Here is a picture of my phlebotomist from DHMC, Elizabeth. I said I’d get her picture up, then all hell broke loose with my body.
Her mother is currently undergoing treatment for cancer. Please send some of my prayers her way. All of us need all the support we can get.
As far as I go, I needed a professional validation that my pain and suffering was real, and that drug addiction was a problem I did not have to deal with now.
That was exactly what I needed. That was all I needed. I needed somebody from the outside who could see where I was coming from.
Pain, being neurological, is a tricky concept for me. I can’t tell if I’m truly in pain, or if I’ve opened the “pain pathways” so what would have been tolerable previously isn’t any longer.
I’m worried I’ve become an intolerant wimp. I do have legitimate pain issues. I would never take my meds for the “high.” Especially, since I just don’t like the feeling. I’m too controlling.
I am just all around ambivalent towards pain control. I feel guilty taking what I need. I feel like a drug addict for asking for control. It’s an uncomfortable subject.
Except, I’m a cancer patient. I do legitimately suffer day in and day out. This week I hurt in so many places my perfect PA (she was great) waved her hand that I could just stop giving details.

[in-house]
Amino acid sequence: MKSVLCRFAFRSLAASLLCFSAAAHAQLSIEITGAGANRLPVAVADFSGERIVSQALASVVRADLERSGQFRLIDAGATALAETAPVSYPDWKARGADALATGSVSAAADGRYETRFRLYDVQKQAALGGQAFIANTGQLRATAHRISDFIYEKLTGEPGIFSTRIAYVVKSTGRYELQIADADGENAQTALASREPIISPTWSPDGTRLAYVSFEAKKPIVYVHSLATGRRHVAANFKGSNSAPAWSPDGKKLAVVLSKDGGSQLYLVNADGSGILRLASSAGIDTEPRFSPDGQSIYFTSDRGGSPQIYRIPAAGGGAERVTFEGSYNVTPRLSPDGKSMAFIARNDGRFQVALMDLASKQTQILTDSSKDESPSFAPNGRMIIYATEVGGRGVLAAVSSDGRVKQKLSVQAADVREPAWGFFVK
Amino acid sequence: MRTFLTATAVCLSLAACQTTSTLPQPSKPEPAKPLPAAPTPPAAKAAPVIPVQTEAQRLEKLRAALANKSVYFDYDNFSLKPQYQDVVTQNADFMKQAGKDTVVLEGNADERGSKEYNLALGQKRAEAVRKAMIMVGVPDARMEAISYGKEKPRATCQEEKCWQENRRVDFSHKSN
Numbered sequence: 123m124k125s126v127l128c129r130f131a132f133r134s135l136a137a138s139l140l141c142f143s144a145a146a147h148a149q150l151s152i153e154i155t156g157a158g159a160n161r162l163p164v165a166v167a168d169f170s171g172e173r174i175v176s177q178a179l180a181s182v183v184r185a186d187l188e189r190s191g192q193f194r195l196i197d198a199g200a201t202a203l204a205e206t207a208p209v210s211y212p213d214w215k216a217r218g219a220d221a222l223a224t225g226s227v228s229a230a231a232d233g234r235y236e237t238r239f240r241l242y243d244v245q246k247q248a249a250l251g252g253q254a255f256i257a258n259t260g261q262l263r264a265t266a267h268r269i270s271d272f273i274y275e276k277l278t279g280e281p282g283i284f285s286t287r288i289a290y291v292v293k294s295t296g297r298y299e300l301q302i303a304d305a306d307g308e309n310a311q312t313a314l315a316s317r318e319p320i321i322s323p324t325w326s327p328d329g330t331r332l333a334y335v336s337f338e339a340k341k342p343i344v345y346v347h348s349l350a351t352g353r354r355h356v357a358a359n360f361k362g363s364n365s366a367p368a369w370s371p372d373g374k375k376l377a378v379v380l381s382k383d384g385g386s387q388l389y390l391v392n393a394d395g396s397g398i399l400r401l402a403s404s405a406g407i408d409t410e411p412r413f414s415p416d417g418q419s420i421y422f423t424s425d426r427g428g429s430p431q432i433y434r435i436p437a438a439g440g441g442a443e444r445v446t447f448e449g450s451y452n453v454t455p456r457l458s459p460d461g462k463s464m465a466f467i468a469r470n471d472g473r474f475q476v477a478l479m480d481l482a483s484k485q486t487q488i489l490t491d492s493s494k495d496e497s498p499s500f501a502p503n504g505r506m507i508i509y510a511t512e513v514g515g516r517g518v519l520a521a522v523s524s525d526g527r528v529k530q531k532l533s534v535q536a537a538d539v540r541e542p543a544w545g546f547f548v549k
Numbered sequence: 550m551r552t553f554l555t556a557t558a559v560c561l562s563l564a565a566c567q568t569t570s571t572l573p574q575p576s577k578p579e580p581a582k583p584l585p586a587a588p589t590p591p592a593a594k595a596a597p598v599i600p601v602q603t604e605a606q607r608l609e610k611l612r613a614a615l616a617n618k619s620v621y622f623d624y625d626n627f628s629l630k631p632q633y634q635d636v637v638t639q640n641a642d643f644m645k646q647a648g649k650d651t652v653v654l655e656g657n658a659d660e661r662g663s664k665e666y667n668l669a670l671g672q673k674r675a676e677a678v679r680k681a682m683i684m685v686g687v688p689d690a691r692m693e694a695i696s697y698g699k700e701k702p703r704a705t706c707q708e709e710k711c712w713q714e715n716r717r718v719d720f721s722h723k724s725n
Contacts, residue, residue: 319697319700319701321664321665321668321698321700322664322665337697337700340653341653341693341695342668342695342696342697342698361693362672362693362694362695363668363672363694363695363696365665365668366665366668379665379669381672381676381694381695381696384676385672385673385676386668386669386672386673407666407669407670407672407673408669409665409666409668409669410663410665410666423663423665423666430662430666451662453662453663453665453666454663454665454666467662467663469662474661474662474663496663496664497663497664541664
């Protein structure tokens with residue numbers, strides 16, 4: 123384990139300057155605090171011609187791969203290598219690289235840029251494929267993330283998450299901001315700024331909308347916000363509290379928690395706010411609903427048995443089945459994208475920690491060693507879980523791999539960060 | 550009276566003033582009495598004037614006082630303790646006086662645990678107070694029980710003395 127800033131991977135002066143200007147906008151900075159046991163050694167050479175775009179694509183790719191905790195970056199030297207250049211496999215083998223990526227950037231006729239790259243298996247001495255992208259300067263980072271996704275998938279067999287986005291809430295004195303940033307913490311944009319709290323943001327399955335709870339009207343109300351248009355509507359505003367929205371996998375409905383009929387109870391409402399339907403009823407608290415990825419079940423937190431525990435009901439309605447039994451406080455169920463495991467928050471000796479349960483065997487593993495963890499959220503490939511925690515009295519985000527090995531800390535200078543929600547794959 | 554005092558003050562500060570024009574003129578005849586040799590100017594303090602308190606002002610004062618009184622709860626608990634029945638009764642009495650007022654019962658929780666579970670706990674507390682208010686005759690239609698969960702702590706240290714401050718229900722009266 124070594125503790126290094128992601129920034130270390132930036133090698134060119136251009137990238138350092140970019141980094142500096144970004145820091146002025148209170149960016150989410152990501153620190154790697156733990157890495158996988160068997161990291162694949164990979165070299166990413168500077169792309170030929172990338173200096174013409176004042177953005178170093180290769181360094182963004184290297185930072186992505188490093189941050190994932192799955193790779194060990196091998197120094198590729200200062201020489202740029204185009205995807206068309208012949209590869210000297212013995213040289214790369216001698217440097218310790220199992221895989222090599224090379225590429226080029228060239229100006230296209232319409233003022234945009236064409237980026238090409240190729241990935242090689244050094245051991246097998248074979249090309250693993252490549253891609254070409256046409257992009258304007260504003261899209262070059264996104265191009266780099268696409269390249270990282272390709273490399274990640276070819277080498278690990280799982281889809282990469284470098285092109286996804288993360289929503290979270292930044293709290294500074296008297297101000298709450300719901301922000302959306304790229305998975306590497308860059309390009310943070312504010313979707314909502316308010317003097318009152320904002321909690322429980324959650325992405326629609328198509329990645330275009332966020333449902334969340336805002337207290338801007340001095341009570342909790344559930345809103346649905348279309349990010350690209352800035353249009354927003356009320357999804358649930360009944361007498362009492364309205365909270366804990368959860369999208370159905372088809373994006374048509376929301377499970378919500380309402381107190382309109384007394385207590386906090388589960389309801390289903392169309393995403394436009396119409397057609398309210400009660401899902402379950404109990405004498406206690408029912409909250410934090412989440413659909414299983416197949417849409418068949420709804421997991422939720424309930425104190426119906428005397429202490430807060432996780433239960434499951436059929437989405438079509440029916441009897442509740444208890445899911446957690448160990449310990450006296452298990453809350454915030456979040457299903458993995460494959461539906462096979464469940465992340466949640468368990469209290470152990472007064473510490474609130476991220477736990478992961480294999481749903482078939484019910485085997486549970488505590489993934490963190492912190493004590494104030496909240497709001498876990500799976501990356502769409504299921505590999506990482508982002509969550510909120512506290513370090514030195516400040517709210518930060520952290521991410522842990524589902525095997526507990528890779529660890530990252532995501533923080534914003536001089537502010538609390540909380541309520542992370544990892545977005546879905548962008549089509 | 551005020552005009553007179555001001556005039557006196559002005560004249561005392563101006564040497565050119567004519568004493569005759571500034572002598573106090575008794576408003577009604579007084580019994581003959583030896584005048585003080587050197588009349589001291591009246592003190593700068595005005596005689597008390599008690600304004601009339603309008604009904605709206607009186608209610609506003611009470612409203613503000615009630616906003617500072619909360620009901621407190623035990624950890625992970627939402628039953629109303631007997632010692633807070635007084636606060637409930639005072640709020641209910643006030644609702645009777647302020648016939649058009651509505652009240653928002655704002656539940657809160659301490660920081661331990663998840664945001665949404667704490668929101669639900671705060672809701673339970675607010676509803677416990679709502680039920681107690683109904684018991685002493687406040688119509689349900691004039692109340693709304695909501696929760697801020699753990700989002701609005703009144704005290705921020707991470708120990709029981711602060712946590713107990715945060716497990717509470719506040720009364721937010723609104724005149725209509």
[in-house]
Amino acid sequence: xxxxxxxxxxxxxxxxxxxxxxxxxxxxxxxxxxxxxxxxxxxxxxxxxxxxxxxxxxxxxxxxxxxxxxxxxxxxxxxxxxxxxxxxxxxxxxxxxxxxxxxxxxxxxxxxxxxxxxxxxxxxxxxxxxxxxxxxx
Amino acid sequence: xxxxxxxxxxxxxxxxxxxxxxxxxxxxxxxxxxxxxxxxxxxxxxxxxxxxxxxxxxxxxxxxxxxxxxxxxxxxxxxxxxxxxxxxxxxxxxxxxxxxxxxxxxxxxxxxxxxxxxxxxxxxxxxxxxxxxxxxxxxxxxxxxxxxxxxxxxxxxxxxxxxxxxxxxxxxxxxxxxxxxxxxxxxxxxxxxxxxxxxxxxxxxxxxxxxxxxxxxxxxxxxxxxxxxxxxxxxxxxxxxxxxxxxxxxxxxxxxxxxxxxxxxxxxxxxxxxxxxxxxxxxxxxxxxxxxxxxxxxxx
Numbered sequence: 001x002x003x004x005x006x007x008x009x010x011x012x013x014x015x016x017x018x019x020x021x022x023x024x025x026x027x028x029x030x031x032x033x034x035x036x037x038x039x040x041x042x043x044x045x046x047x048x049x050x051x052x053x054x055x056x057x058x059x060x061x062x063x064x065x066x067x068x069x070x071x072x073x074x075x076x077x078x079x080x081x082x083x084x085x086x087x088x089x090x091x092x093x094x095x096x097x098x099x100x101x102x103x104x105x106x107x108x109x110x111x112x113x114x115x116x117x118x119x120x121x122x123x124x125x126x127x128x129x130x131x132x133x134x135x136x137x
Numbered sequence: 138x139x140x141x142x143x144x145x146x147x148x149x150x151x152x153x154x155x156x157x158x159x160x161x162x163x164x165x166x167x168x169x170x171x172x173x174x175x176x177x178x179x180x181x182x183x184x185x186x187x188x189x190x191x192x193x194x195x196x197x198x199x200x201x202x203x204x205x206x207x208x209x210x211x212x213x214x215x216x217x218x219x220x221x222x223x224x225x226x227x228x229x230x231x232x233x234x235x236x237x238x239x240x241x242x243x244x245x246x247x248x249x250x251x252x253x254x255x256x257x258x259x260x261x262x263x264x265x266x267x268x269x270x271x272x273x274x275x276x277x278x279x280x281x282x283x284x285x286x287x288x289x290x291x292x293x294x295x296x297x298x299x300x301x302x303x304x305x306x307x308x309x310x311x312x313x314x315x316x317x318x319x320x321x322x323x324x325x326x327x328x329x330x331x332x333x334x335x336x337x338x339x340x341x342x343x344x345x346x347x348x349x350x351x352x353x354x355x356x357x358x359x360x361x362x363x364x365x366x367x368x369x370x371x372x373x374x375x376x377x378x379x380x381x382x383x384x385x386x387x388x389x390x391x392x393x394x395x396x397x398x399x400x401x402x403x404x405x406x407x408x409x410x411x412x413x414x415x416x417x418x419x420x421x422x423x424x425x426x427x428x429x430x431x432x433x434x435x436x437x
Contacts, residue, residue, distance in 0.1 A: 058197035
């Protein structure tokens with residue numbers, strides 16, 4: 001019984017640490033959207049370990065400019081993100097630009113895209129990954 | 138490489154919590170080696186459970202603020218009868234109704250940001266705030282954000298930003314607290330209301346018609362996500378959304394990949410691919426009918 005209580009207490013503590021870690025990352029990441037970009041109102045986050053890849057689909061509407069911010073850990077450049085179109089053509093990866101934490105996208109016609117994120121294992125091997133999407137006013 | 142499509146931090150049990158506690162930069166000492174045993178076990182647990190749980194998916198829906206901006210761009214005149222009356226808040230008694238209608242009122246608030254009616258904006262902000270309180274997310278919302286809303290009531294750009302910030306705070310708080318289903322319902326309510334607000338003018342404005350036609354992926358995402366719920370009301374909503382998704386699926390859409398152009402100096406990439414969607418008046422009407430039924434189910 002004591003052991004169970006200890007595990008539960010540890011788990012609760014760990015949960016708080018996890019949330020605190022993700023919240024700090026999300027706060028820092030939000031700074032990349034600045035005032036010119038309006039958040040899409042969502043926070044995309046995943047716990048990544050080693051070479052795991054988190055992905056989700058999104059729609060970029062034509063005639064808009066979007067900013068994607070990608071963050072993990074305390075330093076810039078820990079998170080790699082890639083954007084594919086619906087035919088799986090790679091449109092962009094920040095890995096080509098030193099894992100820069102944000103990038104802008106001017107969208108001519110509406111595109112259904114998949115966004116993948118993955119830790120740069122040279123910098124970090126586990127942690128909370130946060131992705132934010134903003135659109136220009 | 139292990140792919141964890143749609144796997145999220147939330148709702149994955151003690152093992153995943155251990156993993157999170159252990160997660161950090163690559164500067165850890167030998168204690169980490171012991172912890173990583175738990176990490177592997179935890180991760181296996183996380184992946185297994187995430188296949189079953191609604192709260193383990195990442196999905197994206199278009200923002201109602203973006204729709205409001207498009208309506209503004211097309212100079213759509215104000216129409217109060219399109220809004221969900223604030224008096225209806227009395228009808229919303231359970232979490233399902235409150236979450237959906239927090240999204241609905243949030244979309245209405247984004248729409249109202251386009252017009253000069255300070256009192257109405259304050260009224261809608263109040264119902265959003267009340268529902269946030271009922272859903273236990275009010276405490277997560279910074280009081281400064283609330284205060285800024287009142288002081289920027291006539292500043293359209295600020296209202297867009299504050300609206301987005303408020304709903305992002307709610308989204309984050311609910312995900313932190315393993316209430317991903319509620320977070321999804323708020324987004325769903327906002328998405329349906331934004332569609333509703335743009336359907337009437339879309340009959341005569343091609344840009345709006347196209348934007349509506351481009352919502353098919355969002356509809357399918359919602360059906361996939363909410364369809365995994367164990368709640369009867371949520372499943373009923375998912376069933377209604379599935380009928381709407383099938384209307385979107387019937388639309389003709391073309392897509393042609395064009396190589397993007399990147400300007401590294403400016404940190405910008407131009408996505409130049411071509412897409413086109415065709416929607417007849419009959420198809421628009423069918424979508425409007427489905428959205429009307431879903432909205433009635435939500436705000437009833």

I’ve all ready announced to the world my physiological addiction.
Why would I do that?
Not only so people in my situation understand it’s a side effect of treatment, but so I’m now on check.
Nope, I won’t get away with being like this forever. I won’t get away with taking narcotics when I don’t need them, since I announced to almost everybody that knows me that I need to be watched.
There will be one massive intervention if I misbehave.
So I finally accepted my long acting oxycodone twice a day.
I took it before bed a last night, and when I woke up, I COULD STAND!!
My knees didn’t buckle in pain. My ankles didn’t threaten to give out. A pain shock wave DID NOT start my morning.
I am very happy I listened to her.
She’s my hero for the day, just for telling me what I do is okay
Baldies' Blog began originally in the UK by a 26 year old journalist with a blood cancer on a mission to inform the world about bone marrow donation.
He has since died, and I took on the cause of making cancer care more transparent for everybody.
Cancer is a disease that will touch everybody through diagnosis or affiliation: 1 in 2 men will be diagnosed and 1 in 3 woman will hear those words, "You Have Cancer."
I invite you to read how I feel along my journey and
how I am continuing to live a full life alongside my Hodgkin's lymphoma, with me controlling my cancer, not my cancer controlling me.
I hope that "Baldies' Blog" will prepare you to handle whatever life sends you, but especially if it's the message, "You Have Cancer."